hosted by Playa at Summer Lake / Saturday-Sunday, August 1-2, 9am-3pm

Details here soon:




Pandemic Diary for Earth

In the Corona Virus era, someone said, It's as if Earth has sent us to our rooms to think about what we've done. Out of this time, how might our lives become more measured, local, and sustaining? In this online workshop, we'll write episodes of observation and thought about how this era of shelter in place might temper our frenzy, and turn us toward better ways to live. We'll compose poems, stories, letters, and other forms to offer lament, ways to savor the simpler life, and prophecy about where we might go from here as individuals, and as citizens of Earth.


hosted by Sitka Center for Art & Ecology, Saturday-Sunday / August 8-9, 10am-4pm

Details here soon:



Pandemic Poems for Lament, Solace, & Testimony

This is a one-day generative poetry workshop. Drawing on short readings from writers who have addressed pandemics—Giovanni Boccaccio, Daniel Defoe, Albert Camus, and writers addressing our predicament now—we will write poems to report personal experience, interrogate the public narrative, honor what’s lost, and celebrate what’s been clarified. The pandemic has hit the re-set button on our individual lives, our communities and our nation. Pandemic poems can re-frame what we now know we need, don’t need, and must envision. 


hosted by Richard Hugo House / date TBA (one day workshop)

Details here soon:



Courage to Lead through Writing: We Begin a Better Nation through Writing

Join us for a virtual Courage to Lead retreat designed to offer participants the time and space to reflect on the complex, challenging, and changing dimensions of leadership, rooted in the belief that effective leadership flows from the identity and integrity of the individual. Empower and deepen your leadership during these challenging times by using writing as a tool for learning and leading.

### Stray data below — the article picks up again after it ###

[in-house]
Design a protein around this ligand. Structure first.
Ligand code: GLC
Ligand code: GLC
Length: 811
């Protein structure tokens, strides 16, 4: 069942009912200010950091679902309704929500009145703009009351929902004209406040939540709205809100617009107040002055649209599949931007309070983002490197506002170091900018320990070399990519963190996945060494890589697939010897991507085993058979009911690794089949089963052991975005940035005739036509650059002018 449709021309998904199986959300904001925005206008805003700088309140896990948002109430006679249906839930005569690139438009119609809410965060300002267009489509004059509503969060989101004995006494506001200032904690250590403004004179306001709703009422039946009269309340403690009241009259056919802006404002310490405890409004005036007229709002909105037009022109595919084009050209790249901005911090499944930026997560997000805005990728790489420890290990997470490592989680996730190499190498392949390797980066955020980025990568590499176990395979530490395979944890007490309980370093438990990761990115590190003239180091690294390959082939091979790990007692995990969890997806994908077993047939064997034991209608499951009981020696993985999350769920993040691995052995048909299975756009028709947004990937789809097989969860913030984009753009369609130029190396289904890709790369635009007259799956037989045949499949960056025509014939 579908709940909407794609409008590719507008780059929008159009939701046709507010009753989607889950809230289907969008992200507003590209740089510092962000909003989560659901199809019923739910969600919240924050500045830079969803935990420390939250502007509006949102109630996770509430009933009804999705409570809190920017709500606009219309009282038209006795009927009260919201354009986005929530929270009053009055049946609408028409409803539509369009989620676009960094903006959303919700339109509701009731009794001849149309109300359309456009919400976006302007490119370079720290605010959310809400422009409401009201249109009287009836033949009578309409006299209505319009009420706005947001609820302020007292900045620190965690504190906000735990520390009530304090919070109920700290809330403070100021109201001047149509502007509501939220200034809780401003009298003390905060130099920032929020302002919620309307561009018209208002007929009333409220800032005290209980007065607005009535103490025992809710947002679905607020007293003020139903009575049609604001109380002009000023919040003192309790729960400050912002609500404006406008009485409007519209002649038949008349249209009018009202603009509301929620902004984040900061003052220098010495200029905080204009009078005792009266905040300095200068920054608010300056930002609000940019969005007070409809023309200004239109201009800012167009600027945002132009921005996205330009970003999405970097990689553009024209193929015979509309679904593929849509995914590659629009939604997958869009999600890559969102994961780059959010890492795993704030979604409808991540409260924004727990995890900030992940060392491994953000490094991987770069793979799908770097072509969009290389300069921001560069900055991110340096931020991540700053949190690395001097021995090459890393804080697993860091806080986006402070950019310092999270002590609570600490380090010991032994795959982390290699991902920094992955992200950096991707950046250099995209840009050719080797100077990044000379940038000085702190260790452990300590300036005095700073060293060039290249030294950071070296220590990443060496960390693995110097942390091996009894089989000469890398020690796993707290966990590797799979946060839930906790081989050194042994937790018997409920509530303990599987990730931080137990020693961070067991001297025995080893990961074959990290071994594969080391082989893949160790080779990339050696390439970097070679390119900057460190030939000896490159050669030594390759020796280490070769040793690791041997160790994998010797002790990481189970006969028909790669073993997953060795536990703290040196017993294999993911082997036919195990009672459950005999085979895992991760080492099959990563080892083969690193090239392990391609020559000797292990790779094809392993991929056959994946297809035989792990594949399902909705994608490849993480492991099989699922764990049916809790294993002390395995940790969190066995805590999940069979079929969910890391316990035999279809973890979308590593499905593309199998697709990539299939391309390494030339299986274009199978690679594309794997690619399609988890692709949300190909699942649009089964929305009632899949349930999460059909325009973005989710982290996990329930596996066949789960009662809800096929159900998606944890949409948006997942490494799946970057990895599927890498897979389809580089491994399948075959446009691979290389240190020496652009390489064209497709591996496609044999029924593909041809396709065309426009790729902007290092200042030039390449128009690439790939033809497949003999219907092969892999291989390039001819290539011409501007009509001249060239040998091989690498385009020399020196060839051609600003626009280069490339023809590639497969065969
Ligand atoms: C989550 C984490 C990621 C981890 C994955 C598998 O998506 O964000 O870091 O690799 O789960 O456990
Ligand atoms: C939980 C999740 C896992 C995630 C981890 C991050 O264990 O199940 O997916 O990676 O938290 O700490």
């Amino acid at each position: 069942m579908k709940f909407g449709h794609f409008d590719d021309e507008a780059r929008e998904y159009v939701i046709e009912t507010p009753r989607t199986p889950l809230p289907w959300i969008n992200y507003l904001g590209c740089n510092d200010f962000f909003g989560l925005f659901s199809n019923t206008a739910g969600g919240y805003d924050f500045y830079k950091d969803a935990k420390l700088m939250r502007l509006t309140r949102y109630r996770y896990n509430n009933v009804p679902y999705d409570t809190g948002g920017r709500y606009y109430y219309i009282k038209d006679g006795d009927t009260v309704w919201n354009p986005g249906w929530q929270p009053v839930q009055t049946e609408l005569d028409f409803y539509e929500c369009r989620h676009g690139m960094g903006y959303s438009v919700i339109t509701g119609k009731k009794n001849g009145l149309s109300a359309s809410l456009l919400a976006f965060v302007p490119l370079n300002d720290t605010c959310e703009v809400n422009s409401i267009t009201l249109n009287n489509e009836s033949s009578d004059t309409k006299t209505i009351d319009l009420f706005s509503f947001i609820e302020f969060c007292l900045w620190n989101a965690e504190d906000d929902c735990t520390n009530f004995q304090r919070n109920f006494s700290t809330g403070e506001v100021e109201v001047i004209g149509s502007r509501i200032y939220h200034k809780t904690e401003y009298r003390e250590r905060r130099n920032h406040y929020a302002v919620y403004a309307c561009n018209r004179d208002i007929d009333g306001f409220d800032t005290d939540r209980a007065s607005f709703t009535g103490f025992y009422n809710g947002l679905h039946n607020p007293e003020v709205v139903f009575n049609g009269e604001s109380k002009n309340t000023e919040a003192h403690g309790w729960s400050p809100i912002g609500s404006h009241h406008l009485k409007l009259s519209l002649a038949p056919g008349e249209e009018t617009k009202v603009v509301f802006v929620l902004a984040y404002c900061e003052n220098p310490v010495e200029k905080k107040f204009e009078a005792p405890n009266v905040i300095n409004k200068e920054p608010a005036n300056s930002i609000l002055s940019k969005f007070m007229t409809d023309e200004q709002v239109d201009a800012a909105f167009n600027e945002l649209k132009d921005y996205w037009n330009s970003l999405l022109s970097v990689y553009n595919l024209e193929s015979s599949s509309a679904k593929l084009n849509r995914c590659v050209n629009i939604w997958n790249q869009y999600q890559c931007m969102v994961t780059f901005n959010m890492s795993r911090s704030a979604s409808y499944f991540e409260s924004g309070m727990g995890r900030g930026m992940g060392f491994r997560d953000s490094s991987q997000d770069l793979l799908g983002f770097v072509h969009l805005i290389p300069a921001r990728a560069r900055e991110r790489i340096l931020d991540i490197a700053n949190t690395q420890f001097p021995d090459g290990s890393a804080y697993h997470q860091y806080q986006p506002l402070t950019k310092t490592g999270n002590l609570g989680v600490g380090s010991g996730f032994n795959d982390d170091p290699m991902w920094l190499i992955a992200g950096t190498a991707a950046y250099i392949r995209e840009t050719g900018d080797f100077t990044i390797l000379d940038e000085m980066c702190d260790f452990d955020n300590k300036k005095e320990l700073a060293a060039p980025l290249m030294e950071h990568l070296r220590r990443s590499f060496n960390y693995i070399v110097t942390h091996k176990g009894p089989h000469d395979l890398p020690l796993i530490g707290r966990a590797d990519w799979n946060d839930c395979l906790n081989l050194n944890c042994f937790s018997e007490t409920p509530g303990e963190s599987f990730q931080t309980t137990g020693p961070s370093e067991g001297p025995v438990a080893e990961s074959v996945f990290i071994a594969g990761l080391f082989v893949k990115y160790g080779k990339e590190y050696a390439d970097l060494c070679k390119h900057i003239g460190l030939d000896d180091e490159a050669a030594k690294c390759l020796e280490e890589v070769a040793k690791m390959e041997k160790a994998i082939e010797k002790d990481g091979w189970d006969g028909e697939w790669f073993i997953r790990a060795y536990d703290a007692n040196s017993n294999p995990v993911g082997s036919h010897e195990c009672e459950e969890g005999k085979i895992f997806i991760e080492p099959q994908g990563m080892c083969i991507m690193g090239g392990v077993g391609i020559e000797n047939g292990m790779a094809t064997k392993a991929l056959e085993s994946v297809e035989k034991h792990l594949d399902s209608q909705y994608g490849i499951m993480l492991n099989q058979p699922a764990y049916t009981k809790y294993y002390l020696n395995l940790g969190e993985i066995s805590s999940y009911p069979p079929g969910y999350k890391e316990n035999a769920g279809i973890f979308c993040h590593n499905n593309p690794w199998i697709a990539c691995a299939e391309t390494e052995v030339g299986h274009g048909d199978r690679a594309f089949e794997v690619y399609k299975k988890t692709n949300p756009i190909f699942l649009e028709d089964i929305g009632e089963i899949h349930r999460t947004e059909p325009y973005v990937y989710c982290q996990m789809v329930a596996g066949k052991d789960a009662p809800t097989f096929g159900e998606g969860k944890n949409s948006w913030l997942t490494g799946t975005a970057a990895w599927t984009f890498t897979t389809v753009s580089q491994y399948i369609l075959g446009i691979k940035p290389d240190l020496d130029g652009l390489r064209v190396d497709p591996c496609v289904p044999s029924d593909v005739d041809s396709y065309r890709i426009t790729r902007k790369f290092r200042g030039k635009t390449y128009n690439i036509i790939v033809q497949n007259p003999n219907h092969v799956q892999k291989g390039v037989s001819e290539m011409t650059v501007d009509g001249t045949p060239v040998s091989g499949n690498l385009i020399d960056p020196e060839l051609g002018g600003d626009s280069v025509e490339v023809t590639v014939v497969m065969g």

hosted by Lewis & Clark College, Thursday 4pm – Saturday at noon / October 1-3




Daily Writing in the Spirit of William Stafford

In a time when wars don’t stop, when pandemic strikes, jobs end, climate shifts, and life needs constant reinvention, your daily writing practice can be a way to navigate change and sustain the spirit.

     Inspired by the 50-year writing practice of William Stafford, this online workshop will include reading of classic poems and responding to writing prompts designed to deepen your own process for creation.

     We will delve into sources for starting, ways of revising, responding to work in progress, and sending forth our testimony to a world hungry for meaning. Open to all levels of experience.

     The class will utilize the online platform Zoom, with each of the two days designed as a series of conversations, writing prompts, solo writing time, then sharing and discussion.


hosted by Lewis & Clark College, Saturday-Sunday, December  5-6, 9am-5pm




Oregon Writing Project: Poems for a Better Nation

In these days of frenzy and confusion, some bit of news, a scrap of story, a friend’s question, or some other morsel of language from the world may long to become a song, a poem, half a poem—may long to catch something mysterious about this life. A footnote to the inexpressible.

     In this online Oregon Writing Project course, we will celebrate the winsome habit of poetry to turn small discoveries into the half-page where we say much in a few words.

We’ll read lively texts, start many lyric experiments, and talk along the way about how to use this quirky and welcoming writing practice to calm the self, and to explore with students and share with friends.

     No previous experience is necessary for participation in this course, which is open to all teachers and writers. The class will utilize the online platform Zoom, with each of the two days designed to develop a learning community through a series of conversations, writing prompts, solo writing time, then sharing and discussion.


hosted by Lewis & Clark College, Saturday-Sunday, February 20-21, 9am-5pm




Later in 2021              


January or February, week-long Writing Retreat in Guanajuato, Mexico


February 11-14, 2021 (tentative date), Writing Retreat at Santa Sabina, San Rafael, California


April 21-30, 2021, week-long Writing Retreat in Ireland



May 2021,  week-long Writing Retreat in Assisi, Italy